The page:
The big elephant in the room while watching Post Grad is that the plot seems like it's totally zeitgeist-y, but it's actually not. A young woman (Alexis Bledel) can't seem to get a job despite her qualifications and languishes in unemployment. Unemployment! Super timely, right? But no, there is no mention of the current recession that's keeping a lot of the brilliantly competent out of work, which solidifies that this movie must have been made quite a while ago. Adding to my suspicion is the fact that Bledel's character Ryden does all her job hunting with a red pen and a newspaper. In 2009. In LA.
Once you're past the faux timeliness, however, the movie becomes surprisingly enjoyable. Is it Alexis Bledel channeling a less-successful Rory Gilmore? Not so much, though she is believable and irritatingly adorable. More than anything, the fun of this movie lies in the strength and comedy chops of the supporting cast. To hear what I thought of it all, just
I could have watched a whole movie about Ryden's family alone: her grandmother is played by Carol Burnett, who couldn't not be funny if she tried and her mother is Jane Lynch, who's something of a straight man (I know) to Michael Keaton. Yes, that's right, Michael Keaton is back, and his presence is an unexpected delight. Though his character gets a little too wacky at times, he charms as Ryden's goofball dad.
As the movie goes on, the comedian cameos come fast and furious; Fred Armisen, The Office's Craig Robinson, and Kirk Fox all pop up. J.K. Simmons' role is kind of a disappointment, just because he weirdly disappears after a couple of scenes as the father of Ryden's best friend. Friday Night Lights' Zach Gilford plays said best friend, obviously in unrequited love with Ryden, who inexplicably resists him. Rodrigo Santoro's presence is questionable, but not entirely unwelcome — is it quirky or contrived that his hunky, mysterious neighbor pops up to dispense a tiny bit of sage advice? Well, I don't know, I was too busy being lost in his eyes.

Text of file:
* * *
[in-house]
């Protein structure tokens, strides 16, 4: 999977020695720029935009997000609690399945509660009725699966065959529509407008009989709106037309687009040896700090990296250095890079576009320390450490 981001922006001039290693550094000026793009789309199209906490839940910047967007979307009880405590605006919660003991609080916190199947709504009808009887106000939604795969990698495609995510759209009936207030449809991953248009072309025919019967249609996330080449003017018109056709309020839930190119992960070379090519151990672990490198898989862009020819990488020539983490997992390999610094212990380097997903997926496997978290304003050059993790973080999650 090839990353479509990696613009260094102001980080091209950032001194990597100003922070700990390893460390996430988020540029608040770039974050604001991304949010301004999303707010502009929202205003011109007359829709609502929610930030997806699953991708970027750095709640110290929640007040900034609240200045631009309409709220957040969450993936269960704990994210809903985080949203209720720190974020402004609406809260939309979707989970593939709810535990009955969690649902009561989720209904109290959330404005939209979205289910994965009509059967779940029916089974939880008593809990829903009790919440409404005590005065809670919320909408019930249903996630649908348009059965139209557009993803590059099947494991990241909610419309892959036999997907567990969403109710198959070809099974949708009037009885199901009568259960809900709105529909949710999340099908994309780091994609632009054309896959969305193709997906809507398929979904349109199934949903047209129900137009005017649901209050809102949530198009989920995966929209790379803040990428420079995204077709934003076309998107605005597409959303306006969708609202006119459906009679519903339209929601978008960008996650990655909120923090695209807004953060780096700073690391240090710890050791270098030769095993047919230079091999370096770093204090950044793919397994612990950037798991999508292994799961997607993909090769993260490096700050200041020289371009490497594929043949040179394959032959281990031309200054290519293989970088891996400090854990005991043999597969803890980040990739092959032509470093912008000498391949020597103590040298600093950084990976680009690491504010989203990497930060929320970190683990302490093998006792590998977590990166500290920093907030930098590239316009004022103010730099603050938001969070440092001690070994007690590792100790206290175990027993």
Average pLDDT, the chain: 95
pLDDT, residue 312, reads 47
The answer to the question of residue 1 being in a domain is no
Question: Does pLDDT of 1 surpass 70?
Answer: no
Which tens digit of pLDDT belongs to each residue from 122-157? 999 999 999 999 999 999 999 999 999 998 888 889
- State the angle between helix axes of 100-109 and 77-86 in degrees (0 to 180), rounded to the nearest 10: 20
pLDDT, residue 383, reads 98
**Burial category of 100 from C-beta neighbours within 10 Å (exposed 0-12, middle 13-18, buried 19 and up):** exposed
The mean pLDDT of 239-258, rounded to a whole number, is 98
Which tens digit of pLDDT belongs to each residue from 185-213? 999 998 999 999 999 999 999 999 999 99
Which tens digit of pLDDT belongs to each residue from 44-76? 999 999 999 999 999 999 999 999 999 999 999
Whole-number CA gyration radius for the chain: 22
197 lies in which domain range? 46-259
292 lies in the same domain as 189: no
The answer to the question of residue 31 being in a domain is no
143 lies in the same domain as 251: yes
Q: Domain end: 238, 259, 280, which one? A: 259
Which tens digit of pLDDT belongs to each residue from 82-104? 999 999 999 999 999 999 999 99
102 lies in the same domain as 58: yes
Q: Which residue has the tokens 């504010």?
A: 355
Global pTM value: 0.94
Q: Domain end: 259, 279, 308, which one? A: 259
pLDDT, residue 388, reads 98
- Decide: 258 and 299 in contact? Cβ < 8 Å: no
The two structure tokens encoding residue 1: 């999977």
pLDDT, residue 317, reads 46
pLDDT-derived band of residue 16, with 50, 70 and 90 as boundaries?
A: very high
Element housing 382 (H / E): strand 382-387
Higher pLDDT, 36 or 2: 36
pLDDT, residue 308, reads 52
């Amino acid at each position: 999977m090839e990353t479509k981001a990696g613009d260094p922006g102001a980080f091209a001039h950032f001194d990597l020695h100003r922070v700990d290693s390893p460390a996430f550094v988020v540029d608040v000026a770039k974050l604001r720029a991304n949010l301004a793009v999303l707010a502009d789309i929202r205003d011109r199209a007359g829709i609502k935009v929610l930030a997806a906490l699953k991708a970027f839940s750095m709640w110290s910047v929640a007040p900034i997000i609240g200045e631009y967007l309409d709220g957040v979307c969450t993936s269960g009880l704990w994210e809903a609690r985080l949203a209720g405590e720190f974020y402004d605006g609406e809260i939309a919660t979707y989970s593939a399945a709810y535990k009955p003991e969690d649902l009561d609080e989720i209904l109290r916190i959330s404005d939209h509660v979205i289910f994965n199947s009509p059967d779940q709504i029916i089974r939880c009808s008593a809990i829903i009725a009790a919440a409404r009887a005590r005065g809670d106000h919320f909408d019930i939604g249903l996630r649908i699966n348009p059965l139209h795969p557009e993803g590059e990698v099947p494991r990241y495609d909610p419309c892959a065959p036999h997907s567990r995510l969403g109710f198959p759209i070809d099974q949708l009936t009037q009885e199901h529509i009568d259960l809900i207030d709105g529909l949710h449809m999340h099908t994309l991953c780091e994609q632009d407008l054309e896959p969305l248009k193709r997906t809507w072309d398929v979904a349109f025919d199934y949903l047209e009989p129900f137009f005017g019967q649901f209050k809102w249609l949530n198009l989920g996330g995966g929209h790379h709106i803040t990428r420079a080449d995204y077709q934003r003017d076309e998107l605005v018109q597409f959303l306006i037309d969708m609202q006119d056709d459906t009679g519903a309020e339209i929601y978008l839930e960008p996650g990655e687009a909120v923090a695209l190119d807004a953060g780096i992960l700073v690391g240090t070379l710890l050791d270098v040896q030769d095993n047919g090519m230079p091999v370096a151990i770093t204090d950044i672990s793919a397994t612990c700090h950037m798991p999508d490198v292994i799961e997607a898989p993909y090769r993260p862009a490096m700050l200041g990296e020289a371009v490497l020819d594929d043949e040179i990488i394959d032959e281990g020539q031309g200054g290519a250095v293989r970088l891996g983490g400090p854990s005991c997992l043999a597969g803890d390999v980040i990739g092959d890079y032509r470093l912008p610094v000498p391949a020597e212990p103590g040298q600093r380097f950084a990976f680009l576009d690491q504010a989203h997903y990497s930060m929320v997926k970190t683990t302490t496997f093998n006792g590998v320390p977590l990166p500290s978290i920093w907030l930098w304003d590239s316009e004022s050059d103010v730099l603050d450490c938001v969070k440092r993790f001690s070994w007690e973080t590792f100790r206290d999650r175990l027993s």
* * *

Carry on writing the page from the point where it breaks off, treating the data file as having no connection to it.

But, oh yeah, there is a main character in this flick, Ryden, whose problem is infuriating at times. She has a vision of her perfect future, which she expects to start with landing her perfect dream job just days after she graduates college, and when this doesn't happen immediately, she's utterly lost. What redeems her is that her entitlement is, sadly, understandable, since the college environment really does make you feel like the brightest future imaginable is at your feet once you get your diploma. A whole trend — the quarterlife crisis — was born years ago to define the disappointment of folks in their 20s not getting what they assumed they deserved. That she buys into it reminds me of my own postgraduation experiences and those of my friends.
Ryden doesn't necessarily learn that the "perfect future" is something that takes hard work and doesn't happen overnight, but she does learn that her life could be more fulfilling if she stopped whining and started dating her sweet best friend (I knew she couldn't resist a singing, songwriting Matt Saracen for long). Is that a good lesson, or even realistic? Maybe not, and in this movie, it's predictable; but you'll still cheer when Ryden does finally stop stressing out and finds some semblance of a future.
Photos courtesy of Fox Searchlight